Abstract: rgeted therapy for esophagogastric cancers: a review Review (2462) Total Article Views Authors: Khattak MA, Martin HL, Karapetis CS Published Date May 2012 Volume 2012:5 Pages 91 - 102 DOI: http://dx.doi.org/10.2147/OTT.S25117 Received: 24 February 2012 Accepted: 27 March 2012 Published: 21 May 2012 Muhammad A Khattak,1 Hilary L Martin,2 Christos S Karapetis1,3 1Flinders Medical Centre, Adelaide, South Australia; 2Calvary Hospital, Adelaide, SA, Australia; 3Flinders University, Adelaide, SA, Australia Abstract: The incidence of esophagogastric cancers is increasing rapidly in the Western population. Despite better understanding of the biology and intense research in the treatment of these cancers, the long-term survival remains poor both in the locally advanced and metastatic settings. The addition of combined modality strategies has resulted in modest improvement in 5-year survival rates. A number of biologic agents targeting epidermal-derived growth factor receptor, vascular endothelial derived growth factor and its receptor, and mammalian target of rapamycin (mTOR) are being currently evaluated in Phase II and III clinical trials. Some of these, like trastuzumab, cetuximab, and bevacizumab, have shown promising results. This review provides a brief overview of the recent developments in biologic agents for the treatment of esophagogastric cancers.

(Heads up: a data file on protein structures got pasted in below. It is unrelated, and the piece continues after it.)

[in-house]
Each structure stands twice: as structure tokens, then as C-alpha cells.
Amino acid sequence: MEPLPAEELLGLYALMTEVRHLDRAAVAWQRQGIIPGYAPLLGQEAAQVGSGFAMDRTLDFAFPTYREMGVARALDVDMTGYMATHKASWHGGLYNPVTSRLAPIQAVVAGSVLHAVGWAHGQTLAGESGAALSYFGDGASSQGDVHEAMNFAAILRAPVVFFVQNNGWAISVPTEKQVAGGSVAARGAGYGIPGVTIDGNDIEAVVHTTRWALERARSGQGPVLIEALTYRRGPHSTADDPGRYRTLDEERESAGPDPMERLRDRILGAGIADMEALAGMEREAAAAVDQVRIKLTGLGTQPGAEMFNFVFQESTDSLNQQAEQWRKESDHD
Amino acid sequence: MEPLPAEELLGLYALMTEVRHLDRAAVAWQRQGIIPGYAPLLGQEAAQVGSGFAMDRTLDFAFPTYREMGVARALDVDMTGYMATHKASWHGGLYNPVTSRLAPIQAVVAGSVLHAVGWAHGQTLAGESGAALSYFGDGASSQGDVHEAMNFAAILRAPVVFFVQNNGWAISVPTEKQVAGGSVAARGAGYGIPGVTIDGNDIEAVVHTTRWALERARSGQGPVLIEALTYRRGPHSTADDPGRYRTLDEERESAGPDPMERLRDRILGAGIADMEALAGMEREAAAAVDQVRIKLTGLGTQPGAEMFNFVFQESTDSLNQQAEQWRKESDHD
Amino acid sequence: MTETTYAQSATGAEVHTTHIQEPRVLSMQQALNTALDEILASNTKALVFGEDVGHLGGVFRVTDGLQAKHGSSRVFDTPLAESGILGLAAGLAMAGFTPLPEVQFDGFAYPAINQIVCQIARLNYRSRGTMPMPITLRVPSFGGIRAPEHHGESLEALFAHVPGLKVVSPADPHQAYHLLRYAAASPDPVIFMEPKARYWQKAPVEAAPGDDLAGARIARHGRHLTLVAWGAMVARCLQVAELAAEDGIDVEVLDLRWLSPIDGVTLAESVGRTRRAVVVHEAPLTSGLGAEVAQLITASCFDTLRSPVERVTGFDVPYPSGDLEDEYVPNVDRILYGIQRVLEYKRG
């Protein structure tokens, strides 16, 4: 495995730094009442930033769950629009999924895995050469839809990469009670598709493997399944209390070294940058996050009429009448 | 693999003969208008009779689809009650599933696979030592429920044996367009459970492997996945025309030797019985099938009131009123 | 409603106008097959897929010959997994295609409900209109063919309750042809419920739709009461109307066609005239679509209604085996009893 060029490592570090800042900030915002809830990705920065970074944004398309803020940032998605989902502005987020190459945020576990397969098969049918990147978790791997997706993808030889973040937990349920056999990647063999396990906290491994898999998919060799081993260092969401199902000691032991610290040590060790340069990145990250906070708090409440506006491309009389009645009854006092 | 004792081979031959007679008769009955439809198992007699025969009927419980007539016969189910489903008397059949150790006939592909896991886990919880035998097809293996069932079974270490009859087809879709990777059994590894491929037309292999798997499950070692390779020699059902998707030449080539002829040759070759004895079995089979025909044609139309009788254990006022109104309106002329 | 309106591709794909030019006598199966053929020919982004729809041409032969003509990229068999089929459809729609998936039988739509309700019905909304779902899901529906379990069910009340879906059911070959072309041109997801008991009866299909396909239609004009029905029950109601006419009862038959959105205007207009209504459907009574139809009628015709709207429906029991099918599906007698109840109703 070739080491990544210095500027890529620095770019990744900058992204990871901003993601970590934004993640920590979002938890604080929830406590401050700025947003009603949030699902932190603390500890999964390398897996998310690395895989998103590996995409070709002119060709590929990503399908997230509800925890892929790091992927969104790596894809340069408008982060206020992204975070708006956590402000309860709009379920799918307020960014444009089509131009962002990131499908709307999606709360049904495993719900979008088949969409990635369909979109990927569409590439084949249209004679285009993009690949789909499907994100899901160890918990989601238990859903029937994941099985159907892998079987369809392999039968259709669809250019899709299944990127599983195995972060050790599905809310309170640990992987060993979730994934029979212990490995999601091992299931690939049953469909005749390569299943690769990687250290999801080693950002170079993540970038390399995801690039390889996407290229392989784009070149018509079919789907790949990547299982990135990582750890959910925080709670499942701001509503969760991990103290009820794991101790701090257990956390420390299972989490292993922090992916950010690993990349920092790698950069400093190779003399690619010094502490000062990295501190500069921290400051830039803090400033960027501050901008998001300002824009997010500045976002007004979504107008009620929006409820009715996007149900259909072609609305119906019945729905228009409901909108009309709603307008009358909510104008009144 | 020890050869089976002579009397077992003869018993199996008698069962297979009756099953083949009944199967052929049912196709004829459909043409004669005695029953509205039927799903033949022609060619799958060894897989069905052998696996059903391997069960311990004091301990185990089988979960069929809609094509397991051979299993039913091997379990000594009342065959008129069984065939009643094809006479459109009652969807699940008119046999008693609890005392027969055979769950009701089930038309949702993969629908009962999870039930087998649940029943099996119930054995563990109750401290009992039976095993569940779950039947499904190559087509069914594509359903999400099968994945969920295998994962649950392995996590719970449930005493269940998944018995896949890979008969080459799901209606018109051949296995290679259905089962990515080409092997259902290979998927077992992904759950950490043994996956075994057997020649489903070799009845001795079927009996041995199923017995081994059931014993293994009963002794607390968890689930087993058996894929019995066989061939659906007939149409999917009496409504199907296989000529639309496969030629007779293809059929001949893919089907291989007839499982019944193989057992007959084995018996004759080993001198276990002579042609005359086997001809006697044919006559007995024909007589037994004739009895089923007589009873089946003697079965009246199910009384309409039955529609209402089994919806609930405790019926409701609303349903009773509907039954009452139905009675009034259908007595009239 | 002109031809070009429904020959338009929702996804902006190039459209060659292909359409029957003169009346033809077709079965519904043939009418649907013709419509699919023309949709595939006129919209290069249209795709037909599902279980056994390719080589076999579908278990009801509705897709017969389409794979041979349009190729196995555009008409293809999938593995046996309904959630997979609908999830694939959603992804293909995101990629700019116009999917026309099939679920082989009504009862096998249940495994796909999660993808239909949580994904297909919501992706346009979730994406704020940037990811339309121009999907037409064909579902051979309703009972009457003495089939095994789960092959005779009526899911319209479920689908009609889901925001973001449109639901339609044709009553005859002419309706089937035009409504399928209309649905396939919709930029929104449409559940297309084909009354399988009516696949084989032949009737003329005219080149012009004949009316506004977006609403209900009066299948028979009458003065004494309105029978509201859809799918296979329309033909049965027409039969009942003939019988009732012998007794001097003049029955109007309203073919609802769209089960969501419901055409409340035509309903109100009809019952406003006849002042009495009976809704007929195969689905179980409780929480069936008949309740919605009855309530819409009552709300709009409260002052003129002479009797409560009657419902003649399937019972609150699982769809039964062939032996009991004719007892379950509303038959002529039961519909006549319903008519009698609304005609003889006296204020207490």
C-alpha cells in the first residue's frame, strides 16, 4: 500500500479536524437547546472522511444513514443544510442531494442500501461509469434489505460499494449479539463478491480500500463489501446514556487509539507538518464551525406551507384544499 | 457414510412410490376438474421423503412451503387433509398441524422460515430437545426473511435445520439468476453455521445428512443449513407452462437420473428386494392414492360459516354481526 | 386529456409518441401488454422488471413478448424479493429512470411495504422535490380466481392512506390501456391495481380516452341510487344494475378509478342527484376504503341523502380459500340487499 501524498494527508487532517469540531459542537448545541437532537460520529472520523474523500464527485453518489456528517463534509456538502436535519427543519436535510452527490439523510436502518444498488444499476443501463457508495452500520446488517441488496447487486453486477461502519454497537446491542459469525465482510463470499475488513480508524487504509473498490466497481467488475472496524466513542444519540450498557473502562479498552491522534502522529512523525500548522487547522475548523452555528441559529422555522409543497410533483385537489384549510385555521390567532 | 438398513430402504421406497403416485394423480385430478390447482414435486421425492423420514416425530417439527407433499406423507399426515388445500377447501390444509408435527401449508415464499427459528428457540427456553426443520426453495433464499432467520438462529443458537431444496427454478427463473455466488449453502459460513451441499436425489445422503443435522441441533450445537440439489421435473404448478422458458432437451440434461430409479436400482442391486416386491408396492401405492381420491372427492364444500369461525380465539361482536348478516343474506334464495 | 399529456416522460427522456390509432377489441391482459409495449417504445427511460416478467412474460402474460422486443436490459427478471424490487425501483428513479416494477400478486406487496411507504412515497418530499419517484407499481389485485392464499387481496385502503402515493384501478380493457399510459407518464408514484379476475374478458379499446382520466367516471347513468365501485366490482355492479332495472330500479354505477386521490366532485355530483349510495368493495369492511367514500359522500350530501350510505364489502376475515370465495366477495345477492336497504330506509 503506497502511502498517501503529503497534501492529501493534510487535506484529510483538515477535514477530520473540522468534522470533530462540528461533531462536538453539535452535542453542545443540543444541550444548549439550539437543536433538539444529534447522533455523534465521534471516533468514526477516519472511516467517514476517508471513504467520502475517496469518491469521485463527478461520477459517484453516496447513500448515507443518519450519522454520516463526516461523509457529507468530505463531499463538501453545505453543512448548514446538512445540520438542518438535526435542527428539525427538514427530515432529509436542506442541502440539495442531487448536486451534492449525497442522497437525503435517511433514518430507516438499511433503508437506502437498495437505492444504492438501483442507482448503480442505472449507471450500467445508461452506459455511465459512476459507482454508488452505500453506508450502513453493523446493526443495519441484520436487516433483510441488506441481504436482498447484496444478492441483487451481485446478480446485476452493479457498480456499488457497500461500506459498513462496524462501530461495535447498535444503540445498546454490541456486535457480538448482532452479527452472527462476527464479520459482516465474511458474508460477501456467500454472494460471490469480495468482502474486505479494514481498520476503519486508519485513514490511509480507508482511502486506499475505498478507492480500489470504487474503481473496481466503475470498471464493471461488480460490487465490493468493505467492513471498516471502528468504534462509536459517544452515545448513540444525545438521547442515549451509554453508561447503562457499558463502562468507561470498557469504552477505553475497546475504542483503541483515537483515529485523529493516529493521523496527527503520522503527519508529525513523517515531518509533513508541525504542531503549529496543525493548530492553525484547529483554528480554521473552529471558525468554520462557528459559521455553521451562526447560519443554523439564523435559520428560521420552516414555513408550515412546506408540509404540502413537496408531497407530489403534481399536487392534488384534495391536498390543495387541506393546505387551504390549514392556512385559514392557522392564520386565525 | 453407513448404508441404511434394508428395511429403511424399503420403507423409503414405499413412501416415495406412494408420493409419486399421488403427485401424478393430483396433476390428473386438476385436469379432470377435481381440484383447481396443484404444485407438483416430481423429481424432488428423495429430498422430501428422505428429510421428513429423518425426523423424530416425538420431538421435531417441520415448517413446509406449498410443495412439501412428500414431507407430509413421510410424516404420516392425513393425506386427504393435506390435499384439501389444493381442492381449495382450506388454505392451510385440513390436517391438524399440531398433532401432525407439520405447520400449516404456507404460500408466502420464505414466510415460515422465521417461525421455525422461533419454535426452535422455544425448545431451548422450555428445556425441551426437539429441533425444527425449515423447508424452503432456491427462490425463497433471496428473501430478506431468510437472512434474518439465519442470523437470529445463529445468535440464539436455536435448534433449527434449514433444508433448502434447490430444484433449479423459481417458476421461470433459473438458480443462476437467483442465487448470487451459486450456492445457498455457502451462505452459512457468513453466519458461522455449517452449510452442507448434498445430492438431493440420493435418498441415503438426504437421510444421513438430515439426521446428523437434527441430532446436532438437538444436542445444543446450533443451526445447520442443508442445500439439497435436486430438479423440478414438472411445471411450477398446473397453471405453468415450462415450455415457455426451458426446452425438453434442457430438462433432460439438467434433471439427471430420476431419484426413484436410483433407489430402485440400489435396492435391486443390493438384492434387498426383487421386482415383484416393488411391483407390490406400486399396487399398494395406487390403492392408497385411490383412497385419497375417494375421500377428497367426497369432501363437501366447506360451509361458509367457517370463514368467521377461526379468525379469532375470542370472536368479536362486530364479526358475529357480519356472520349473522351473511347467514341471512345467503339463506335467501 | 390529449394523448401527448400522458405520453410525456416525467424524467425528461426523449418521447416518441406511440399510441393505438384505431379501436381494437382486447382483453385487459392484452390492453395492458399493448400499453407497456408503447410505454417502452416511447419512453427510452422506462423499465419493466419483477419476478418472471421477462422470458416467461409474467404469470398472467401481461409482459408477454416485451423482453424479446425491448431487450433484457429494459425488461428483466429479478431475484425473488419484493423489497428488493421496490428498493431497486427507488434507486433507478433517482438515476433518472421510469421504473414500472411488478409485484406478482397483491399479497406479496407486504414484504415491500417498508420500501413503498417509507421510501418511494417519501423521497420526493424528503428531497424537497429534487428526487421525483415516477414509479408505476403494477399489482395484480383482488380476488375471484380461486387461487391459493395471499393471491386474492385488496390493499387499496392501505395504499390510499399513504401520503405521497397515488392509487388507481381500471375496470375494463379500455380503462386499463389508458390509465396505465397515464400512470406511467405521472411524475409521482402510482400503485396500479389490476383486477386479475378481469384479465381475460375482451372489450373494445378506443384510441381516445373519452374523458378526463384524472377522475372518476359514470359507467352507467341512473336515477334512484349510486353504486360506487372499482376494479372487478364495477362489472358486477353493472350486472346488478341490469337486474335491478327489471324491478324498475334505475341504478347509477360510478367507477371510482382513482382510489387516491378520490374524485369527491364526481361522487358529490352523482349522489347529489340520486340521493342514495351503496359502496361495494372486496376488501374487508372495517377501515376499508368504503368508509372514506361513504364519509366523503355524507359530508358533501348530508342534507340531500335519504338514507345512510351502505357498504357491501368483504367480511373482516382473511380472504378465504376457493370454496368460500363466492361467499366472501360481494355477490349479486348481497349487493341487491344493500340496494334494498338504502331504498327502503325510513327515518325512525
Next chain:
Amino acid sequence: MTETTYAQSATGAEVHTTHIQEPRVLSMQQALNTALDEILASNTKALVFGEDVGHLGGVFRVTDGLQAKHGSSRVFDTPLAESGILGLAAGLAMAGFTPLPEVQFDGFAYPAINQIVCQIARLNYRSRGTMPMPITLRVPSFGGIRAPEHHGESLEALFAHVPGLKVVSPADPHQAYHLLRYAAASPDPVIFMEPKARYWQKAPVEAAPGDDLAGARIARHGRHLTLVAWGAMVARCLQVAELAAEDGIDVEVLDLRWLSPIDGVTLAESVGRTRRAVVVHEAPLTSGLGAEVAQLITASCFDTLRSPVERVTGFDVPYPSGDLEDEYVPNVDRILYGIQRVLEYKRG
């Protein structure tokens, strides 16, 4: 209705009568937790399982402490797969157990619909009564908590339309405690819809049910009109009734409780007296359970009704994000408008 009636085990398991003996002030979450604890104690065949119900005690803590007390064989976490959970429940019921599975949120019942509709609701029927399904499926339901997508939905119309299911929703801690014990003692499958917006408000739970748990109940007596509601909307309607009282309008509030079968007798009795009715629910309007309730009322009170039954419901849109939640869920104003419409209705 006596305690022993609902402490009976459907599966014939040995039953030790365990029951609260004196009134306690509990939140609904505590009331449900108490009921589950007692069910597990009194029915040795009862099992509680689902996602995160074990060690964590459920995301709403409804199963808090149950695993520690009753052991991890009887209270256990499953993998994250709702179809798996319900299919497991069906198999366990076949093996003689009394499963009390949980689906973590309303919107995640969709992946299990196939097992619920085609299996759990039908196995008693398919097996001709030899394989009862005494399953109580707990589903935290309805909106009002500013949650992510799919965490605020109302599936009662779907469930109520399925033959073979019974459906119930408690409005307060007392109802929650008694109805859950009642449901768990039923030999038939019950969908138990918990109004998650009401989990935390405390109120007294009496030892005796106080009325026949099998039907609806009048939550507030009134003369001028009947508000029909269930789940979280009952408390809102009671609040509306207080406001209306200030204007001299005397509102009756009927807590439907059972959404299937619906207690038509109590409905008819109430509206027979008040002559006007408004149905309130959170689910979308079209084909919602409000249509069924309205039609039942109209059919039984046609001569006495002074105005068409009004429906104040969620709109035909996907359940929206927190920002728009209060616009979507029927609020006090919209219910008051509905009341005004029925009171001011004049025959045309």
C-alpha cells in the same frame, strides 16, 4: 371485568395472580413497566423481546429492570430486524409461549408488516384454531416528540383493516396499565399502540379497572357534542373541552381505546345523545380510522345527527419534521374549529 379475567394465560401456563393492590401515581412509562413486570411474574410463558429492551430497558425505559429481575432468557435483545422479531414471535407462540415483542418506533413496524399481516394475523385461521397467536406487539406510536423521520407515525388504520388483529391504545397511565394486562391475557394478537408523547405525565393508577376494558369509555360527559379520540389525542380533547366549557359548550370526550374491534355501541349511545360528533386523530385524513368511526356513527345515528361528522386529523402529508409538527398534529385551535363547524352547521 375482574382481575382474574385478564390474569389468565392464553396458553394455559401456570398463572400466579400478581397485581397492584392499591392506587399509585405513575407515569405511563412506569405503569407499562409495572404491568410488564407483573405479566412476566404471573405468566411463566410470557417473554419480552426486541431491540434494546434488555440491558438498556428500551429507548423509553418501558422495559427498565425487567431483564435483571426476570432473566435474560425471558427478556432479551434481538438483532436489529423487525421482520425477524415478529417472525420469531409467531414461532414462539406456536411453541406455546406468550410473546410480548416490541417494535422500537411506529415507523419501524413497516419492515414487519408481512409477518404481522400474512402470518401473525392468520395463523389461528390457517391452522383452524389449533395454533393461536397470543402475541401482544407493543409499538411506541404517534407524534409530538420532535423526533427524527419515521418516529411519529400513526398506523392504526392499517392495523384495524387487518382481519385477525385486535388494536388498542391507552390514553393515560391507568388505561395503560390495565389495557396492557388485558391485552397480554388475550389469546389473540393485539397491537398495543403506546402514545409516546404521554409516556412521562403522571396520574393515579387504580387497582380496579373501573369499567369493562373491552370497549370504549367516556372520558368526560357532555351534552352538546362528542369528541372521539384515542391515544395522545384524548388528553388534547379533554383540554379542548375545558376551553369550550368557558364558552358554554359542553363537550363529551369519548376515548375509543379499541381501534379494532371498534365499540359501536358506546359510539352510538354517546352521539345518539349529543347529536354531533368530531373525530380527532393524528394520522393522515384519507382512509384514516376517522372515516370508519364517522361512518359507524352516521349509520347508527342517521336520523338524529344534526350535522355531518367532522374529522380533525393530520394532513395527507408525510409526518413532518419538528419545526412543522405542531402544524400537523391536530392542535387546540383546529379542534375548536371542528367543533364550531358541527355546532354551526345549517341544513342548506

Targeted therapy for esophagogastric cancers: a review
Khattak MA,Martin HL,Karapetis CS
OncoTargets and Therapy , 2012,
Abstract: Muhammad A Khattak,1 Hilary L Martin,2 Christos S Karapetis1,31Flinders Medical Centre, Adelaide, South Australia; 2Calvary Hospital, Adelaide, SA, Australia; 3Flinders University, Adelaide, SA, AustraliaAbstract: The incidence of esophagogastric cancers is increasing rapidly in the Western population. Despite better understanding of the biology and intense research in the treatment of these cancers, the long-term survival remains poor both in the locally advanced and metastatic settings. The addition of combined modality strategies has resulted in modest improvement in 5-year survival rates. A number of biologic agents targeting epidermal-derived growth factor receptor, vascular endothelial derived growth factor and its receptor, and mammalian target of rapamycin (mTOR) are being currently evaluated in Phase II and III clinical trials. Some of these, like trastuzumab, cetuximab, and bevacizumab, have shown promising results. This review provides a brief overview of the recent developments in biologic agents for the treatment of esophagogastric cancers.Keywords: adenocarcinoma, squamous cell carcinoma, VEGF, trastuzumab, Her2- positive EGC
Almost all integer matrices have no integer eigenvalues
Greg Martin,Erick B. Wong
Mathematics , 2007,
Abstract: For a fixed $n\ge2$, consider an $n\times n$ matrix $M$ whose entries are random integers bounded by $k$ in absolute value. In this paper, we examine the probability that $M$ is singular (hence has eigenvalue 0), and the probability that $M$ has at least one rational eigenvalue. We show that both of these probabilities tend to 0 as $k$ increases. More precisely, we establish an upper bound of size $k^{-2+\epsilon}$ for the probability that $M$ is singular, and size $k^{-1+\epsilon}$ for the probability that $M$ has a rational eigenvalue. These results generalize earlier work by Kowalsky for the case $n=2$ and answer a question posed by Hetzel, Liew, and Morrison.